Civic Entrepreneur is a podcast hosted by Dr. Josh Franco, Assistant Professor of Political Science at Cuyamaca College, that focuses on civic entrepreneurship, grassroots organizing, and public policy with diversity, inclusion, and equity at its core.
Episode 3: Trust and Accountability defines individual, community, and network of responsibility; explains why each of these concepts matter and how they can be assessed; and share an experience while an undergraduate student at UC Merced working to form the university's student government.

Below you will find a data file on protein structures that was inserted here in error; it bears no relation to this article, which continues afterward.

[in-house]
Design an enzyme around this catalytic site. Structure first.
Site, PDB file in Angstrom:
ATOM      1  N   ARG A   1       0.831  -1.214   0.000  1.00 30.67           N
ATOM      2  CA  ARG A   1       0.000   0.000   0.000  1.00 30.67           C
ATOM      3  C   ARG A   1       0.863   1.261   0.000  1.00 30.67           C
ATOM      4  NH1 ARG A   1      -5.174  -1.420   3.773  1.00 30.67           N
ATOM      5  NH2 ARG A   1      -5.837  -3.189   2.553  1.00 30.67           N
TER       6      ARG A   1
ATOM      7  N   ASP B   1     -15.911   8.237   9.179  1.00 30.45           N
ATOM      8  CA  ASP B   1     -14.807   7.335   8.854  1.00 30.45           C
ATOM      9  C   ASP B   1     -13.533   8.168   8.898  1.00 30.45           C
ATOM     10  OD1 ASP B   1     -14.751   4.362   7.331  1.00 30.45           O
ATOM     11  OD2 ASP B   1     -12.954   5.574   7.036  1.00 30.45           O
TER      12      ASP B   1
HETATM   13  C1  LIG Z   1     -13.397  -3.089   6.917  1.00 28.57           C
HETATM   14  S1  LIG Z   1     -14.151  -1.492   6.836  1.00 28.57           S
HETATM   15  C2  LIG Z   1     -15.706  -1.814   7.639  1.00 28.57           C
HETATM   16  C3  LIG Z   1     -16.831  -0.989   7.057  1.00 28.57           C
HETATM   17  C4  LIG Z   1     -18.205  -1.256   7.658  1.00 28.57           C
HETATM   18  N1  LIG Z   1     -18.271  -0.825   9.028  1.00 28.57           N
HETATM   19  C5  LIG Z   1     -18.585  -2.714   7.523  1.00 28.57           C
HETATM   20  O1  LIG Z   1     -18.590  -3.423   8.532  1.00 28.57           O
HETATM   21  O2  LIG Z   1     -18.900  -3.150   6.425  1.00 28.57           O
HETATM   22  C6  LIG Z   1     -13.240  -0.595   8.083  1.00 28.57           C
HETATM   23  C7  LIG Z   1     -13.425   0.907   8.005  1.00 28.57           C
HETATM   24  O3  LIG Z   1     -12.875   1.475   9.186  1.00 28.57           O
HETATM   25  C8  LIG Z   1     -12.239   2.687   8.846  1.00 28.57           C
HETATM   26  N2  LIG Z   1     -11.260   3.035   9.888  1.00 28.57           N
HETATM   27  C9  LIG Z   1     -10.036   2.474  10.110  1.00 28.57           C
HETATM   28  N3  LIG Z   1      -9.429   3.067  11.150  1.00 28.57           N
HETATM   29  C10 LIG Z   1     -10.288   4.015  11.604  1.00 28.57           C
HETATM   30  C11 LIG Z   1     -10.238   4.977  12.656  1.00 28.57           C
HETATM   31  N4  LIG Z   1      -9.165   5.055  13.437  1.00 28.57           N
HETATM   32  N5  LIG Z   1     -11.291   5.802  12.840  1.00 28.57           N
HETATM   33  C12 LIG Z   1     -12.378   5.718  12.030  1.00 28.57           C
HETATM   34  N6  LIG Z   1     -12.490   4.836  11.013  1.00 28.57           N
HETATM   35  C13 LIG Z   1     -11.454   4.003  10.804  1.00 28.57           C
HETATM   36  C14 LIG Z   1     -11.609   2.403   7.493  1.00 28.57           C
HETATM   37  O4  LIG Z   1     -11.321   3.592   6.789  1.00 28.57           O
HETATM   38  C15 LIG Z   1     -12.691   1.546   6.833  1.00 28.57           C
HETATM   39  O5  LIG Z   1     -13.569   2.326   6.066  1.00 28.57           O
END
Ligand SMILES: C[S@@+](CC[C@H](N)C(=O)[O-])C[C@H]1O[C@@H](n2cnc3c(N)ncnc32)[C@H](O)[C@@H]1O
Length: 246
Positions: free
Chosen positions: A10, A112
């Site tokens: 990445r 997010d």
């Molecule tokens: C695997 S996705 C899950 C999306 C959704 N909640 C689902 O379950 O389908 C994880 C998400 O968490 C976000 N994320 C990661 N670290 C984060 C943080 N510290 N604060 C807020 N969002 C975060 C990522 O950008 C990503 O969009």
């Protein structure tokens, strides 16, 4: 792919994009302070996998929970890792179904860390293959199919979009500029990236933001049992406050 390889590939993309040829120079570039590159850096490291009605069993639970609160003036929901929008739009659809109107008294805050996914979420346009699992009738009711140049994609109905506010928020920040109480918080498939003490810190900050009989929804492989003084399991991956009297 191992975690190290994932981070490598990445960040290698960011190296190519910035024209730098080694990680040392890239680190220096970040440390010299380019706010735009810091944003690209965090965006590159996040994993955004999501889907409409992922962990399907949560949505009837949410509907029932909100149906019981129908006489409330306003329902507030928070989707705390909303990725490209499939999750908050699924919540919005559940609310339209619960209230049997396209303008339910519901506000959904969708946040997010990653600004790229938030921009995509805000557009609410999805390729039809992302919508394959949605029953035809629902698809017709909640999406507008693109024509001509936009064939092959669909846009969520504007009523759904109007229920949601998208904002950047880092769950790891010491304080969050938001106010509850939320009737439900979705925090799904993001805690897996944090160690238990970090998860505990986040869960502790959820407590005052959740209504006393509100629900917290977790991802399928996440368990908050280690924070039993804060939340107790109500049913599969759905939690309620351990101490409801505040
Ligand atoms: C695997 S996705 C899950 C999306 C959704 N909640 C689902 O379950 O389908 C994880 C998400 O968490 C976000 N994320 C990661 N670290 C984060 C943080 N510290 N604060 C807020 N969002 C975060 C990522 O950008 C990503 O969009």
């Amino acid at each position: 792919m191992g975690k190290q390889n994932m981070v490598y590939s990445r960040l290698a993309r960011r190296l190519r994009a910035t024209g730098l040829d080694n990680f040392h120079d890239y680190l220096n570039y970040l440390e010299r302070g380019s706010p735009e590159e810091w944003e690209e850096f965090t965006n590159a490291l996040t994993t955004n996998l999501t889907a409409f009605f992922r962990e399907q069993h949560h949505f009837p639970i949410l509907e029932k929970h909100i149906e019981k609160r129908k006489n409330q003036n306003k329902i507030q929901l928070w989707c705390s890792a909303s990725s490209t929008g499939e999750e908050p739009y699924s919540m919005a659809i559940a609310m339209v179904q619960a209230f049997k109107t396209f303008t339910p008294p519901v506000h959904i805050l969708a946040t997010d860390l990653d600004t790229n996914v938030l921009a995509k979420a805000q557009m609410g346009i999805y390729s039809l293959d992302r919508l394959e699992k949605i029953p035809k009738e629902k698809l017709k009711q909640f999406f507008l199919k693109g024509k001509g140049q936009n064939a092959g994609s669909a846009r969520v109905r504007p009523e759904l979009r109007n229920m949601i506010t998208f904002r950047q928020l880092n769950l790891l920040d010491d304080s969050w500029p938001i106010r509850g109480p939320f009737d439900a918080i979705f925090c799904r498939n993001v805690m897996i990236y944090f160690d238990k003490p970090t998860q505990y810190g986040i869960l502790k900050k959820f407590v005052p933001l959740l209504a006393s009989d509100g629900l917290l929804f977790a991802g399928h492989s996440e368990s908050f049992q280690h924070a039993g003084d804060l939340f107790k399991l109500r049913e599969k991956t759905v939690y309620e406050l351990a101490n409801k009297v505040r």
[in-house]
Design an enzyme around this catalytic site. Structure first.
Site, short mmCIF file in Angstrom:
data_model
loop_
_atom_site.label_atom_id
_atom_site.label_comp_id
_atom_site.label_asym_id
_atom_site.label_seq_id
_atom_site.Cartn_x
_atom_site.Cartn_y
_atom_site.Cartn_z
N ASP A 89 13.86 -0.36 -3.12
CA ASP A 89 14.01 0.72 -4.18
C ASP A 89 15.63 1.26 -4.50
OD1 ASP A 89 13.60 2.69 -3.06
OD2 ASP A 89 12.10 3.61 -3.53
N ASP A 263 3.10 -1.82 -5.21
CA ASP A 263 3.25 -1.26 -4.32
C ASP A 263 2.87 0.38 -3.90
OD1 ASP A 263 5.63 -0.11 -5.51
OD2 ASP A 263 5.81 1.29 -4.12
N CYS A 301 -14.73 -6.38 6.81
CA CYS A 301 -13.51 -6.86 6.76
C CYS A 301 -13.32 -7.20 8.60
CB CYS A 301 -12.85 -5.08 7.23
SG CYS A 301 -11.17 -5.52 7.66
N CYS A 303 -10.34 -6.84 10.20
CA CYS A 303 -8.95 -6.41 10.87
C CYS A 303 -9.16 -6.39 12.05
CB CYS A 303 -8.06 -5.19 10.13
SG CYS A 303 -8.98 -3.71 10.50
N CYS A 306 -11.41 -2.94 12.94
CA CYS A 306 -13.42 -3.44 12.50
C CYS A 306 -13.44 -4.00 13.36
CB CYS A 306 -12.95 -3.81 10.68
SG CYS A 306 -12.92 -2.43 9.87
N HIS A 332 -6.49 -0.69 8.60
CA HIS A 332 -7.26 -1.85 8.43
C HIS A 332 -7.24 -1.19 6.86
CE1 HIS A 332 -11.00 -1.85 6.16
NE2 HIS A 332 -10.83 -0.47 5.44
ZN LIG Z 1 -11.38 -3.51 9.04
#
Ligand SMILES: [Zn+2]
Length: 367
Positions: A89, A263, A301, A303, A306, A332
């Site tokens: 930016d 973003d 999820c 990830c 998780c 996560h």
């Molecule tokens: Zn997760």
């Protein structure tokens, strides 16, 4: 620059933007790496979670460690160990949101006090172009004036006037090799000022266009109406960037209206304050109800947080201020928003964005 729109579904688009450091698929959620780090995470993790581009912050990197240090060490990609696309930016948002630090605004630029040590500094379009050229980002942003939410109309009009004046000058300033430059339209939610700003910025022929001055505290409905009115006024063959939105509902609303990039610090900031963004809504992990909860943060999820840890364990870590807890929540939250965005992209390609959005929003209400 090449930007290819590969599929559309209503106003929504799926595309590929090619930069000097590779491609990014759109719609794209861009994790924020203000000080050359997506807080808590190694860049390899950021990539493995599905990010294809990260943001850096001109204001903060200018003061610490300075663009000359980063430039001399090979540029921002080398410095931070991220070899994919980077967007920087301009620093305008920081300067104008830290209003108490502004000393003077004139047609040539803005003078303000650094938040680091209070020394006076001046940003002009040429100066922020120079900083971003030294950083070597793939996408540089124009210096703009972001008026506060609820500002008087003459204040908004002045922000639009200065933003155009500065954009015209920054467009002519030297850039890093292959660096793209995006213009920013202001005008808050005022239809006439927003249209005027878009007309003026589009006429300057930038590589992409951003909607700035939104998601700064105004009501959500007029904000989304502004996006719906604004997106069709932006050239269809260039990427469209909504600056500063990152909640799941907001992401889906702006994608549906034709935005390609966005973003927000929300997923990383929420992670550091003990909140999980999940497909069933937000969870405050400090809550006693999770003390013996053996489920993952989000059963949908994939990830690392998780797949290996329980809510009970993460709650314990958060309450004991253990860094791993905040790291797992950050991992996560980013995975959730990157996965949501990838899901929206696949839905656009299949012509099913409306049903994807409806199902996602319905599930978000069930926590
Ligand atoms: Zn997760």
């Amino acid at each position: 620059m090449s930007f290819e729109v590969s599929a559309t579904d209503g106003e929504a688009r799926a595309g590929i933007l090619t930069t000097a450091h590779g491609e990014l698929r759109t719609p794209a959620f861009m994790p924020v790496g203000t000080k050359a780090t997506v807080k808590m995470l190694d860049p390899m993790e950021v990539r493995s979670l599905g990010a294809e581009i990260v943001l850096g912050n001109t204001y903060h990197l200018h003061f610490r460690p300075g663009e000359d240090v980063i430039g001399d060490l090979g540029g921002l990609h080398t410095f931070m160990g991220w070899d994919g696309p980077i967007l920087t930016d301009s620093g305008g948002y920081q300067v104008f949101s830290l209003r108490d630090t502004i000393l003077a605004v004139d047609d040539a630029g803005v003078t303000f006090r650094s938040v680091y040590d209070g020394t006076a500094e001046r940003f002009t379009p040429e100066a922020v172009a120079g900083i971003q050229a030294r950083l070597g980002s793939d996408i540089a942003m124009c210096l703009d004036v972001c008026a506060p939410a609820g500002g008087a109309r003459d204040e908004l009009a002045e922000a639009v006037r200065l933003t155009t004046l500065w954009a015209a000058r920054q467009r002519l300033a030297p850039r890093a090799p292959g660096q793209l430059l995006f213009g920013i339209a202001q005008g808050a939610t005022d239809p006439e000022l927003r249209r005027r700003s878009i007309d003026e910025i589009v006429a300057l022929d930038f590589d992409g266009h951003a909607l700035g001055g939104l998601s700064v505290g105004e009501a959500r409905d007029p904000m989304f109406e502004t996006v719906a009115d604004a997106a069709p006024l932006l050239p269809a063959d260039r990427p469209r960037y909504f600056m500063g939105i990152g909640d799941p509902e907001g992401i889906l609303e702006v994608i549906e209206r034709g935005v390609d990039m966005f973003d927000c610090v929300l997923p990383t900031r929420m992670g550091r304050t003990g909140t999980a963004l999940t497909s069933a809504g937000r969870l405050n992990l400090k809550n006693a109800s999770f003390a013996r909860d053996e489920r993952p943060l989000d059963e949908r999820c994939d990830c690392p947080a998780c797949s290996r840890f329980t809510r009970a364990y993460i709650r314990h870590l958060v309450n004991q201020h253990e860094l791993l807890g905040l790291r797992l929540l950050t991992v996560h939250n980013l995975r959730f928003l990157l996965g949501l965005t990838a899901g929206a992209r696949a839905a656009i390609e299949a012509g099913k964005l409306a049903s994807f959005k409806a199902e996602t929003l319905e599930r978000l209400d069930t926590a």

Hello and welcome to Civic Entrepreneur, a podcast that focuses on civic entrepreneurship, grassroots organizing, and public policy with diversity, inclusion, and equity at its core. I'm your host, Dr. Josh Franco, Assistant Professor of Political Science at Cuyamaca College. Welcome to Episode 3: Trust and Accountability. In this podcast, we'll be discussing trust and accountability, networks of responsibility, how to assess trust and accountability, and how do entrepreneurs build trust and maintain accountability Let's begin by defining some terms. Trust, accountability, and network or responsibility. Trust is assured reliance on the character, ability, strength, or truth of someone or something. In the context of a verb, it's the idea that we can place confidence in or rely on something or someone. Now trust can be represented in many forms, so let me share three examples. The first example is a trust fall. This is where there's two individuals and one person has their back to the other and that person who's back is to the other individual is expected to fall backwards with the expectation that there'll be caught by the second individual. This is an example of trust because you're willing to allow yourself to fall backwards in the expectation and the hope that you'll be caught before you hit the ground. A second example of trust is when you buy fruit at the supermarket. Now, a lot of thought may not go into when you buy a pear, or an apple, or a banana. But you're trusting that the supermarket has purchased that product from a reputable a farmer or a grocer. That they are willing to ensure its safety and reliability. And that you're willing to pay the price that's being asked of it. So, you're placing a lot of trust in the supermarket because you see it as embodying an effort to ensure that this product is consumable for individuals. A third example is flying on a plane. Now, if you've never flown on a plane, your day will come. But know that when you do get on a plane, that there's a sense of a fear that might come with, traveling. But then you start to think about how this plane got here. How many individuals are involved? Who's flying the airplane? And the fact that there's a hundred plus other people on the plane who are trusting that piece of equipment to get them from point A to point B. So, when you get on a plane and you fly on a plane, you're trusting a whole community, a network of individuals to ensure its safety. The second term I'd like to define as accountability. And accountability is an obligation or willingness to accept responsibility or to account for one's actions. And let me share three examples. The first one is a child eating their vegetables. Now when a child is served from vegetables, like a piece of broccoli or some zucchinis, the expectation is that the child will consume those vegetables, because it's a part of their meal. Now, how do you ensure that the child is held accountable for eating that food? You can either incentivize that behavior of eating the vegetables or you can disincentivize the opposite behavior. So, withholding some kind of object or putting the child in timeout. So, in our to ensure accountability of the child, eating vegetables and action has to be taken to support the behavior that's desired. A second example is an adult returning a lost wallet. Now, there may come a time in your life where you come across a wallet. And you open it up and that there's a lot of money in it, there's credit cards, and obviously there's someone's identification. And so how do you ensure accountability of someone returning that wallet? If you've lost it and you don't know where you left it's hard to. expect someone to bring it back, but we do have that expectation because we feel that people will hold themselves accountable for doing the right thing and returning the wallet to a lost and found or to a police station. Now the third example is an elected official running for reelection. In a democratic society, such as ours, an individual is elected and then they have the opportunity to run for reelection. So, you can think of like a member of Congress or US Senator, a governor, or a president. Now, when they run for reelection, let's say a second or third or multiple term. The idea is that they are going before the voters, and they are willing to be held accountable by the voters. And so if a majority of voters support their campaign and their effort, then they'll have a second or additional term, and if they don't then they'll we'll have lost and the expectation is that they'll step down and allow for the next person to take on that role. This is also another form of accountability because you're willing to go before the people in order to have them decide whether they should continue to support you or not. And so for each of the examples, we see a sense of accountability. How do we ensure that the child is being held accountable for eating their vegetables? Or how do we expect an individual who finds a lost wallet to do the right thing and return it? Or the last example, we're an elected official who runs for election loses, showing that the people have the ultimate say over their continued service or not. And so accountability, isn't just about this obligation or willingness to accept responsibility or to account for one's actions, it's also the mechanisms by which that accountability is maintained. The third term I like to define is a network of responsibility. Now, networks consists of individuals, communities, organizations, and institutions, and the connections between them. These connections can be positive, neutral, or negative. And networks that have predominantly negative connections are largely unable to maintain a degree of responsibility because responsibility is a function of the trust and accountability mechanisms that exist between the individuals and entities within that network. However, on the flip side, if a network has positive connections, and some neutral connections, then the individuals and entities involved are able to hold themselves and each other accountable and build on the trust that exists between them. So why do each of these things matter: trust, accountability, and networks of responsibility? Trust matters because we have to find it in ourselves. We had to find it in each other. And the resilience of any network is predicated on this idea of being willing to trust each other. And so we have to care about trust because we have to be willing to build it in order to accomplish a common purpose Now, why does accountability matter? We can hold ourselves accountable, but in an effort to achieve a common purpose, we're going to have to hold each other accountable through our peer-to-peer networks, or we're going to have to hold each other's organizations accountable, or we're going to have to hold organizations outside of our network, like the government or business accountable. And so accountability matters because without a mechanism by which we can see what other people are doing and that we can applaud positive efforts, and frown upon negative efforts, and then draw a distinction between what needs to be done versus what has been done or what is a lagging to be done it really means that accountability is important for us. Lastly, why do networks or responsibility matter? The simple adage is: strength in numbers. But, more specifically you can go it alone, but you won't accomplish much, if anything Now, while going in alone in some fashions might work, like for example, taking a quiet hike in the woods or going out for a swim. When you think about trying to achieve a common purpose, a key function is that you have to do it with other people and so this network of individuals, communities, organizations, and entities will really make a difference in being able to achieve that common purpose. Now that we have the what and the why of trust, accountability, and networks of responsibility, a big question is how do we assess this? When you think about trust, there's a couple of ways of assessing this. It's both at the individual level and at the entity or the institutional level. So here, we're looking at the one-to-one relationship, say between myself and another individual, who's working towards this common purpose. Can I trust them? Do they trust me? Are they willing to work with me in order to accomplish this goal? Are they willing to put in the time and effort? And obviously the same questions I would ask of myself. At the institutional or at the entity level, it's a one-to-many relationship or a many to many relationship. And what I mean by this is that I can look at an organization that's trying to achieve a common purpose and I can ask myself: are all those individuals trustworthy enough in order to help achieve this effort? And the other question is, are all of us, together, willing to work with not only ourselves, but with other groups and organizations in order to achieve our common goal? And so this, assessment of trust comes at an individual level, comes at an entity or an institutional level. Now, another way of looking at trust or assessing it is to consider the idea that you can look at trust over either a single time period or multiple time periods. And the important distinction here is that we will assign trust to someone based on how they look, how they sound, how they present themselves. But we also got to realize that single moment is not indicative of the person as a whole. It might be revealing in some fashions, like the common adage of you only get to make a first impression once. But at the same time, we also have to think about our willingness to work with an individual and with organizations over a longer period of time. So, we're assessing trust, not just in time period one, but in time periods, two, three, and so on. Next, how do we assess accountability? And again, I'll bring in this framework of individual level and entity or institutional level. So, I have to ask myself, how can I keep myself accountable? Calendars, deadlines, trackers, other ways of organizing information, thoughts, ideas, and steps that need to be taken in order to help contribute to the overall effort of achieving our common purpose Now at the institutional or at the entity level, we have to think about how I can help the organization or the community keep itself accountable. And how can we as a community, keep each other accountable with our internal partners and with our external partners. And so assessing accountability, you have to look inward first and then you can look outward. But as you're looking outward, realize that that creates its own sense of accountability within an organization. And then we have to ask ourselves between organizations, how do we ensure that we're all working towards our common goal? We're all putting in our fair amount of resources and time and effort. And that we're willing to support each other when one individual or one part of the organization isn't able to carry its load. Or on the reverse side, when one organization is really leading the effort, how can they help diffuse that responsibility in order to ensure that there's a level of accountability between all those involved? Another way of thinking about this is the level of ownership that someone has with respect to the individual and the organizational efforts. And what I mean by this is ownership over three things: success, failure, and uncertainty. Now, for willing to look as an organization at our successes, obviously we'll applaud them, we'll reward them, we'll acknowledge them. But, in other instances, when we fail, it's important as an organization and as individuals to work with those experiences in order to learn from them and to grow from them. Many times, failure will lead organizations down a rabbit hole of indifference, negativity, and eventually leading to a disbandment of the group or of the effort. But failure is a wonderful learning opportunity to ensure that accountability mechanisms are reviewed and refreshed in order to meet the needs of the moment. And then lastly, this ownership over the uncertainty. When individuals and entities are working towards this common purpose, you can look ahead and say, well, what is this really leading to? Right? What that was asking is the sense of uncertainty about what the future holds. And I think this comes with any individual, or organization, but it's important to own that there is uncertainty that there isn't a predictability to some efforts. And ultimately, while there's a common purpose or shared goal, we can reach it, but once we reach that base what's the next one that we're looking to? And because we may not know what the next one is, that shouldn't diminish our efforts or prevent us from thinking about how we can maintain accountability as we continue to go forward beyond the vision that group or set of individuals already had. How do civic entrepreneurs build trust and maintain accountability? Let's recall for a moment what a civic entrepreneur is doing and what they are. A civic entrepreneur operates in a time of dramatic change, they see opportunity and they mobilize others, in the community to work towards a collective wellbeing. Civic entrepreneurs create an operate at the nexuses between public private, nonprofit education and civic sectors. Now civic entrepreneurs can help build trust by doing the following, engaging multiple stakeholders, speaking, plainly and responsibly, and supporting efforts of the whole while acknowledging individual roles and responsibilities. Civic entrepreneurs build trust because they're the bee who's going to each flower and making and building a network that other bees can follow. And so they build trust because they have a map of the individuals and the entities that are involved in an effort. Secondly, civic entrepreneurs help maintain accountability by supporting the establishment of shared standards and responsibilities, they diffuse control from a centralized entity or cohort, and they look to expand that, to allow other people opportunities to be engaged, to make decisions, and to demonstrate leadership. So in other words, there's a, instead of a single group maintaining the effort it's about expanding it so that you can have multiple points of engagement. But also multiple points of checking in and holding each other accountable. And lastly, civic entrepreneurs. help acknowledge these differing viewpoints that come with working beyond yourself. And knowing that different individuals and different entities have different missions, visions, and goals, but if they're working together towards a common goal or a shared purpose, then the civic entrepreneur helps maintain accountability by continuing to focus on that common effort. I'd like to conclude with an application of trust and accountability. And again, I'll draw from my personal experiences because I can speak most confidently from them. And I'll share my time as an undergraduate student at the University of California, Merced. And, my interest as a junior transfer coming into a new University of California was ensuring that the student voice existed and was formalized in the form of a student government. So myself, and many others like Marsha Bond and Crystal Wuebker worked towards writing a constitution for our new UC Merced student government. So, a bit of background: This idea that we're the newest UC founded in 2005 so we had this blank slate The question that we asked ourselves: how do we ensure student representation? We can do it by speaking directly to faculty, to staff, and to administrators, but we needed a formal entity, like a student government, to be established. Now, student governments are all based on constitutions and bylaws. And, so we formed a constitution and bylaws committee, and the idea here was to engage as many students who are interested as possible to help the effort in writing and then ratifying the constitution. Looking at this from a diversity perspective, the idea here was to invite everyone. Now, this is in the proto-Facebook era, where it wasn't ubiquitous, in other words, it wasn't widespread, use or adoption of that kind of social network platform. So we had to do it the old fashioned way, right? Flyers, posters, word of mouth, inviting people to participate, in the main committee and in the sub committees. But the goal was to show that everyone was invited, no one was excluded, from the effort. Secondly, from an inclusion perspective, as the group initially organized, it was this conversation about what the student government is, what it should look like, how it should be organized, what are its roles and responsibilities. But as group had those conversations and came to a common understanding, it then needed to be more inclusive by decentralizing the process. And in other words, delegating the responsibilities of writing the actual text of the constitution, and specific articles of it, to subcommittees that were led by different individuals. Now this promotes inclusion because you move it away from a central group that meets maybe on a specific day and time to a broader set of groups that would invite other voices and other people to contribute their views and perspectives to a specific part of the whole. And lastly, from an equity perspective, this idea of offering a shared forum for each individual to share their thoughts and opinions. Now, these forums existed through the subcommittees on specific articles, but as we met as a whole, the idea was that anyone was welcome to engage, to participate and share their views. No one was asked to not speak up. no one was asked to not share their voice. And, so this notion that everyone's coming at this from a different place and perspective, the goal was to give them the information, the facts, and to support them in the ways they felt best in contributing. Now, obviously the ultimate goal was to write a constitution and this was successfully done. by a large cadre of students, including myself. And I think the most exciting part about this was that as a set of individuals, we had a common purpose of establishing a government. We were able to build trust with each other because we're open to each other's thoughts and experiences and viewpoints. And we're able to maintain accountability by having a common forum or a committee of the whole, and then having subcommittees that worked on specific elements. So what was really fascinating about this experience was that you connect with others in a way that ensures that the shared goal is achieved. Now, this isn't to say that there were any bumps, or hiccups, arguments, both dull and tense, throughout the process. But, I think what was really illuminating for me looking back on it was that this is where you worked towards achieving these efforts, but it was built on, the sense of trust that existed between us all coming together, to a new University of California campus. And the sense of accountability, that we needed to do this right and and proper, but we needed to do it in the timeframe given to us so that the student voice would be present at the beginnings of our new university. In future podcasts, we'll be exploring economy and society, people and place, change and continuity, and idealism and pragmatism. Thank you for taking the time to listen in on this episode of Civic Entrepreneur. I welcome your feedback, thoughts, comments, and suggestions. If you're interested in being interviewed as a part of this podcast, feel free to send me a message on Twitter or visit our website at www.civicentrepreneur.com. Thank you and take care!